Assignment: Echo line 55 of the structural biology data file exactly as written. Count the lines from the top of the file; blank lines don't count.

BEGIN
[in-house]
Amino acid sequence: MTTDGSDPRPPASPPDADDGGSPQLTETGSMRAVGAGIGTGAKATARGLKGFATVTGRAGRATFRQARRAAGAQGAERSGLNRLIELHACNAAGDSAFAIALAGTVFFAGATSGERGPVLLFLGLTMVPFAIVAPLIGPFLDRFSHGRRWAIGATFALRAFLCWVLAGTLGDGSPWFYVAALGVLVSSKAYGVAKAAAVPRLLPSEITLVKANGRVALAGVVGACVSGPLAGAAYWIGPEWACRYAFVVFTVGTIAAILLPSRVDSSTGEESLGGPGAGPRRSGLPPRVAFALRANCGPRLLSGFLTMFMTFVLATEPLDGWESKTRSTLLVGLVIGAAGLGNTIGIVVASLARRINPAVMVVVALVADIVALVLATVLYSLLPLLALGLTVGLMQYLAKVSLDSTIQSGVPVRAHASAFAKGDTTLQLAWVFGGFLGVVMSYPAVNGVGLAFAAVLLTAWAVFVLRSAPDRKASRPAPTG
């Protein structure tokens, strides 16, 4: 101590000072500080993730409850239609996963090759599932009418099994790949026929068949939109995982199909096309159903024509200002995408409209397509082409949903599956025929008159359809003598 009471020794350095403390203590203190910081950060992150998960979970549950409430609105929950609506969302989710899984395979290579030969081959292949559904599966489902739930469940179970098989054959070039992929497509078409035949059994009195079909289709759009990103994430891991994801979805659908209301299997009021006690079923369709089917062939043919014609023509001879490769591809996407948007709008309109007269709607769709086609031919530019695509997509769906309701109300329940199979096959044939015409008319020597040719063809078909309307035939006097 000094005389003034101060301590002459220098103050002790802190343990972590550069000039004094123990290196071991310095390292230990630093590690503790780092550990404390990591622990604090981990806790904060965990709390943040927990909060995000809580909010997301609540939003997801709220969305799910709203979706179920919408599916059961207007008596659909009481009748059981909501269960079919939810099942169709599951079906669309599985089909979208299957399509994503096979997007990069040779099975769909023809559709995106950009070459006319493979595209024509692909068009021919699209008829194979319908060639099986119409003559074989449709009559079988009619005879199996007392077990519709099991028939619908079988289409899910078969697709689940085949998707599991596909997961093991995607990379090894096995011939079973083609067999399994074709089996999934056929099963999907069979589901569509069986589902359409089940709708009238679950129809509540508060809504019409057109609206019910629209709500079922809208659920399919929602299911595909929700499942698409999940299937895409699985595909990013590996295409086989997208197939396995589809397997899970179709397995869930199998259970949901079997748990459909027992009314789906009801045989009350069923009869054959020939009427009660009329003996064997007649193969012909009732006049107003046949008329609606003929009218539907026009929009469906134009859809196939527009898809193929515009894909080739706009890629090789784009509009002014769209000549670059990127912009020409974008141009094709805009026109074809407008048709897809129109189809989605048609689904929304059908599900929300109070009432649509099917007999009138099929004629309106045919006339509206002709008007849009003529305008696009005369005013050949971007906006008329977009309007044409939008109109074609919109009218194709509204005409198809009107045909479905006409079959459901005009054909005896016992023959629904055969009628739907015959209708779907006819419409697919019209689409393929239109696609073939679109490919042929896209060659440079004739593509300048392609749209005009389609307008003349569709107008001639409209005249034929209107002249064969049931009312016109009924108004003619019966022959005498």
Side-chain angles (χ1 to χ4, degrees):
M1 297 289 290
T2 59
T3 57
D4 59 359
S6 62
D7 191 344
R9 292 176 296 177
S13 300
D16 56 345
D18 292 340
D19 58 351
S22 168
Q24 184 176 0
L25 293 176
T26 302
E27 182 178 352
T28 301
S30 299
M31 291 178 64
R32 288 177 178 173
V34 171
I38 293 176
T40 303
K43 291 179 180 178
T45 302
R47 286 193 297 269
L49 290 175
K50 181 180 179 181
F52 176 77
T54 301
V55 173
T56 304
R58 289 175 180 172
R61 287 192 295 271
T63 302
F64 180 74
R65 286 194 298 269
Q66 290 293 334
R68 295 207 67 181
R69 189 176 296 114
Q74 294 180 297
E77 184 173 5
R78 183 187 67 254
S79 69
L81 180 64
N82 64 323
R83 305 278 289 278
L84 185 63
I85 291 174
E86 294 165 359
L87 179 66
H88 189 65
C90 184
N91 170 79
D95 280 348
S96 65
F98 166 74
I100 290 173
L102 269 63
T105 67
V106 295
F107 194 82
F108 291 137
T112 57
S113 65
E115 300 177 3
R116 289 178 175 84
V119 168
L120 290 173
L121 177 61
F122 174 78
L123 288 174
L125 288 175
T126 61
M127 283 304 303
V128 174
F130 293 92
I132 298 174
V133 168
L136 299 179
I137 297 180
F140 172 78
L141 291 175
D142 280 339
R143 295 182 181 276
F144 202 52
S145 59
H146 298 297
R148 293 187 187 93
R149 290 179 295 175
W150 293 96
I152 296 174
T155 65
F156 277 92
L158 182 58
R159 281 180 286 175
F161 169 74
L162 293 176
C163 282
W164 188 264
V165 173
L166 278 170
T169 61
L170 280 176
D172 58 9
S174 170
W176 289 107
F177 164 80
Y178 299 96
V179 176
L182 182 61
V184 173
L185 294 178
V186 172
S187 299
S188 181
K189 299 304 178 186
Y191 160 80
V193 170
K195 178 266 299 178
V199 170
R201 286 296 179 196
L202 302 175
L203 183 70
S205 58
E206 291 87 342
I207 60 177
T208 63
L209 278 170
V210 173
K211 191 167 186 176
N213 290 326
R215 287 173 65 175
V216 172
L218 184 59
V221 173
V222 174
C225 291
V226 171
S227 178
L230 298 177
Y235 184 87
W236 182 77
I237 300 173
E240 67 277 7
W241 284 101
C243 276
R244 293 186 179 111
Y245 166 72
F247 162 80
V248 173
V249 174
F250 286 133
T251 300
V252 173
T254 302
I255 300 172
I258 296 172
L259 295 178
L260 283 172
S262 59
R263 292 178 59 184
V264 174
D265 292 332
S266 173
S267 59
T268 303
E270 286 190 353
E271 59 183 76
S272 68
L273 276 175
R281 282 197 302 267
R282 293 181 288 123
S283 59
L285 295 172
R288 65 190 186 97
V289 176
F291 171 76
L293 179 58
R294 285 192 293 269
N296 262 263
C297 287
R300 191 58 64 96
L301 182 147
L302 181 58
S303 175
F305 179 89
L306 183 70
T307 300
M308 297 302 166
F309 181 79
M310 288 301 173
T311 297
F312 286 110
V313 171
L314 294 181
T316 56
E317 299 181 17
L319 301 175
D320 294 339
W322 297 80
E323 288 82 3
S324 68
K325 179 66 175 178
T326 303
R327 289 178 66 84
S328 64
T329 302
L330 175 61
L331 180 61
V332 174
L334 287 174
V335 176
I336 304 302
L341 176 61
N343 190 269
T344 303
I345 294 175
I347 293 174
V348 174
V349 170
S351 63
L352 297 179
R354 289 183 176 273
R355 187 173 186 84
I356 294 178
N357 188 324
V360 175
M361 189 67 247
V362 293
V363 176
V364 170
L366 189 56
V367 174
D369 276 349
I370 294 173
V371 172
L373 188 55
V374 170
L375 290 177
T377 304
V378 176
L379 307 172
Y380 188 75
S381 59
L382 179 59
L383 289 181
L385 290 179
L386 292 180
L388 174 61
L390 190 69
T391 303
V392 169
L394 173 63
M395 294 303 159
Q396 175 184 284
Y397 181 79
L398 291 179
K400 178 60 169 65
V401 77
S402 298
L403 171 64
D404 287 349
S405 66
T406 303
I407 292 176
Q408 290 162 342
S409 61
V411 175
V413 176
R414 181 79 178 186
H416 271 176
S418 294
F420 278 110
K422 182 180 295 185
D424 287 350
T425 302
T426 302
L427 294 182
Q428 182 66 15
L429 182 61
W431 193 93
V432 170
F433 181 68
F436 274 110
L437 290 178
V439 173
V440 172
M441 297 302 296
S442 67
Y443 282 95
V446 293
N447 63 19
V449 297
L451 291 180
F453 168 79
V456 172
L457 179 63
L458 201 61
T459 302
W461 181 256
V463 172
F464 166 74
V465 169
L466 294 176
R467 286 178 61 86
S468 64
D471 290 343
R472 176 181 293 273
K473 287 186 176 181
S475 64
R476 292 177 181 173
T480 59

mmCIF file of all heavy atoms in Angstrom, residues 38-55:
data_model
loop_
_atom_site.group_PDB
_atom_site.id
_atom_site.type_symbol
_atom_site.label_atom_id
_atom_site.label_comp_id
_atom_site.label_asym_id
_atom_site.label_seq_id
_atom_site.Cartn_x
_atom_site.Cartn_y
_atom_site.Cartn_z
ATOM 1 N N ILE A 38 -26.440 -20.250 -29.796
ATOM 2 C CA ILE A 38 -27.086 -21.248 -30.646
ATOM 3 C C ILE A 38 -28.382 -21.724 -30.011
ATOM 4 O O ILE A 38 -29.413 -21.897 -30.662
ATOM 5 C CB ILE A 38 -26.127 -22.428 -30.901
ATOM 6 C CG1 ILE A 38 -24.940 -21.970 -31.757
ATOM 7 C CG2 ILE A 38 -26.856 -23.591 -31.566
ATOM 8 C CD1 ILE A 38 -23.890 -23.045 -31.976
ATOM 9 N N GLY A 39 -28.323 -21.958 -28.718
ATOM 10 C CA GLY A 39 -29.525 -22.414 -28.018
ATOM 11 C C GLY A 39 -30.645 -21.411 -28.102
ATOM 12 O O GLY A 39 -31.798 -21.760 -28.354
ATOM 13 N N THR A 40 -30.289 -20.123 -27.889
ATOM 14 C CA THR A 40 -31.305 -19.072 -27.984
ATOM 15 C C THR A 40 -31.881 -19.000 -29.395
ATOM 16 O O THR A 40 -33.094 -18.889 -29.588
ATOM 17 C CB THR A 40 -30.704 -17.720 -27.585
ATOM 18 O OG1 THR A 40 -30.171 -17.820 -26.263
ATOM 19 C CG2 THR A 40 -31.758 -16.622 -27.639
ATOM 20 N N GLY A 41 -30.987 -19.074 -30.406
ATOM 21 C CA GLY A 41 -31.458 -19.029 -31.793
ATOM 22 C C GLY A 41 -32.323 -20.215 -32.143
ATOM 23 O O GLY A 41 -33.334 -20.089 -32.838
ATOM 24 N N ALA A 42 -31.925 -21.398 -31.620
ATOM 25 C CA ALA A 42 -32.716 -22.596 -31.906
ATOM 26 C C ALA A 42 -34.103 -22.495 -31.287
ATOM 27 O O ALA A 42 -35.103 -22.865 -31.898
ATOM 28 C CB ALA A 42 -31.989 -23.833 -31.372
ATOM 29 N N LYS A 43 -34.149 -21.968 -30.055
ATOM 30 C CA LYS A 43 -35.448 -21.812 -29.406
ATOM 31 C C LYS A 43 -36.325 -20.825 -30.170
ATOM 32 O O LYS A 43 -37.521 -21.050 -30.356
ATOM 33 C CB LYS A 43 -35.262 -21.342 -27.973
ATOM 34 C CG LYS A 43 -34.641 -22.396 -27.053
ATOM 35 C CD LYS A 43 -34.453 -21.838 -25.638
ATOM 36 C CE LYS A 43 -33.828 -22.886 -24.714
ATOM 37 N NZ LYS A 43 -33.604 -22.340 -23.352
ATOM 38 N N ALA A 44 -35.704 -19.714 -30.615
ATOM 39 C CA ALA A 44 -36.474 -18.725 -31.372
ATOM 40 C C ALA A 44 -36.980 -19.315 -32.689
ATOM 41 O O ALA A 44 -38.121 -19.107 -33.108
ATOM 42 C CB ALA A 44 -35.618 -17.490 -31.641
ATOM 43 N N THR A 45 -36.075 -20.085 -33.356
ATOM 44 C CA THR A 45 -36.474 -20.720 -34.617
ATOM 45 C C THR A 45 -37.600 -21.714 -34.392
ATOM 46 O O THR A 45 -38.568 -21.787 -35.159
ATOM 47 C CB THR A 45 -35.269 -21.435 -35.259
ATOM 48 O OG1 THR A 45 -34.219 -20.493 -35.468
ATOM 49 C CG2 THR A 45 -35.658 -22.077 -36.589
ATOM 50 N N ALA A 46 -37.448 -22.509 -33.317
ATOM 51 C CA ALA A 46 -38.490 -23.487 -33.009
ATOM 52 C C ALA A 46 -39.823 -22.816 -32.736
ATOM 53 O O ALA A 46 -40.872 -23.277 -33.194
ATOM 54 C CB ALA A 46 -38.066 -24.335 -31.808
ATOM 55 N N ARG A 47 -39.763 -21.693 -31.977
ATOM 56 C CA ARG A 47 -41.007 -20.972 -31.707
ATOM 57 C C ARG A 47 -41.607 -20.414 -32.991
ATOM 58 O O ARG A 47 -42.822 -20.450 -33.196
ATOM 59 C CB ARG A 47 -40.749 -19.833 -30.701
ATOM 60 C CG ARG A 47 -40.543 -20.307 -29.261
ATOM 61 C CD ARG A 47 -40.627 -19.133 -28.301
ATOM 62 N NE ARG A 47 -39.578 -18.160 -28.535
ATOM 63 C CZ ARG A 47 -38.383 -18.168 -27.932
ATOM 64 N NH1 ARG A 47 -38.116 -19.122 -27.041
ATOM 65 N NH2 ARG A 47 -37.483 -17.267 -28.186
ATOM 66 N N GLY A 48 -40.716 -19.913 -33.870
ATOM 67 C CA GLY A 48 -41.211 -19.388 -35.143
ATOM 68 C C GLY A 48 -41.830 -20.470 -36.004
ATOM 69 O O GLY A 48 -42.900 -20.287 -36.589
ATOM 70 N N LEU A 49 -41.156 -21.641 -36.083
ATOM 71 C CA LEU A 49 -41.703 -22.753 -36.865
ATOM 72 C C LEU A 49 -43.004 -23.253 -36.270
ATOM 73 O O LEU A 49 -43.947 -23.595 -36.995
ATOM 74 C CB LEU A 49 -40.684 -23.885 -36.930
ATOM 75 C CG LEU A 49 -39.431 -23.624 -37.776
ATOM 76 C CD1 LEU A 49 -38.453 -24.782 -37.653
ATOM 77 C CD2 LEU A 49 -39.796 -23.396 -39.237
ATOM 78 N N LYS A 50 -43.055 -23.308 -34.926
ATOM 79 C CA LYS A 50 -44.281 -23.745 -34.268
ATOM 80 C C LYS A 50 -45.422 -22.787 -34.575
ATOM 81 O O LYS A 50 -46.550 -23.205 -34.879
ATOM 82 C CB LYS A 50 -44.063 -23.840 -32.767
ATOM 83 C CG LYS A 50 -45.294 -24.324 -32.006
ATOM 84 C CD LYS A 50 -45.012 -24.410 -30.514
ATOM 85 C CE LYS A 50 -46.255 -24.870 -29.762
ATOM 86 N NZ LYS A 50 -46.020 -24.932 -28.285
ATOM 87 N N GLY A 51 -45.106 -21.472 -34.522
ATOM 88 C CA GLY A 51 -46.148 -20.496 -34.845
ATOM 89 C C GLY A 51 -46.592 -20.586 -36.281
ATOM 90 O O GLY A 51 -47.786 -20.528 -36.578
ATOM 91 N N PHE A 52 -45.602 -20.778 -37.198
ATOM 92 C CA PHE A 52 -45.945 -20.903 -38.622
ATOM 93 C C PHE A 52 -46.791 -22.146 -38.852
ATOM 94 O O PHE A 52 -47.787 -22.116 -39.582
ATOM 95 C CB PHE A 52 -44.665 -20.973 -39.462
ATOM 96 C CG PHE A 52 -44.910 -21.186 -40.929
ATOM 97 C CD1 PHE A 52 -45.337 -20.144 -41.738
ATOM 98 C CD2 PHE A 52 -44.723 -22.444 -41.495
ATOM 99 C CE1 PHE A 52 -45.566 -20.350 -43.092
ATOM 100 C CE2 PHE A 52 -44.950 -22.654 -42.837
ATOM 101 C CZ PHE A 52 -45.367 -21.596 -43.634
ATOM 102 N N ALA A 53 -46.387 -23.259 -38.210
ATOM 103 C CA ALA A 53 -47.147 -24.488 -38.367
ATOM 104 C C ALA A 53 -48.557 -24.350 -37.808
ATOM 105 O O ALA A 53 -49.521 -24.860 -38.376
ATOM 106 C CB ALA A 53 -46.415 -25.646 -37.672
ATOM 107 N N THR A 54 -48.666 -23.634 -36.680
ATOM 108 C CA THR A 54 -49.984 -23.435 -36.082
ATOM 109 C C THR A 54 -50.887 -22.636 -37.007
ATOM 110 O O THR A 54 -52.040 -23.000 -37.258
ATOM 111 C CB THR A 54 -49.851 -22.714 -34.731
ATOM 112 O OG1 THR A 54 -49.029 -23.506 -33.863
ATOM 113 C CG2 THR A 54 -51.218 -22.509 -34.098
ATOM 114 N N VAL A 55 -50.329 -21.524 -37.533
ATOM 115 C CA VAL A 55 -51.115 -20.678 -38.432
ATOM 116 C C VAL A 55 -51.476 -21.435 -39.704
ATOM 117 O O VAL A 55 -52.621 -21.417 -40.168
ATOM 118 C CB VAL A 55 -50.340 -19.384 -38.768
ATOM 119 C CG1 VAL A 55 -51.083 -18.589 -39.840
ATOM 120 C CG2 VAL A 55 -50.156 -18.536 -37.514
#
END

L87 179 66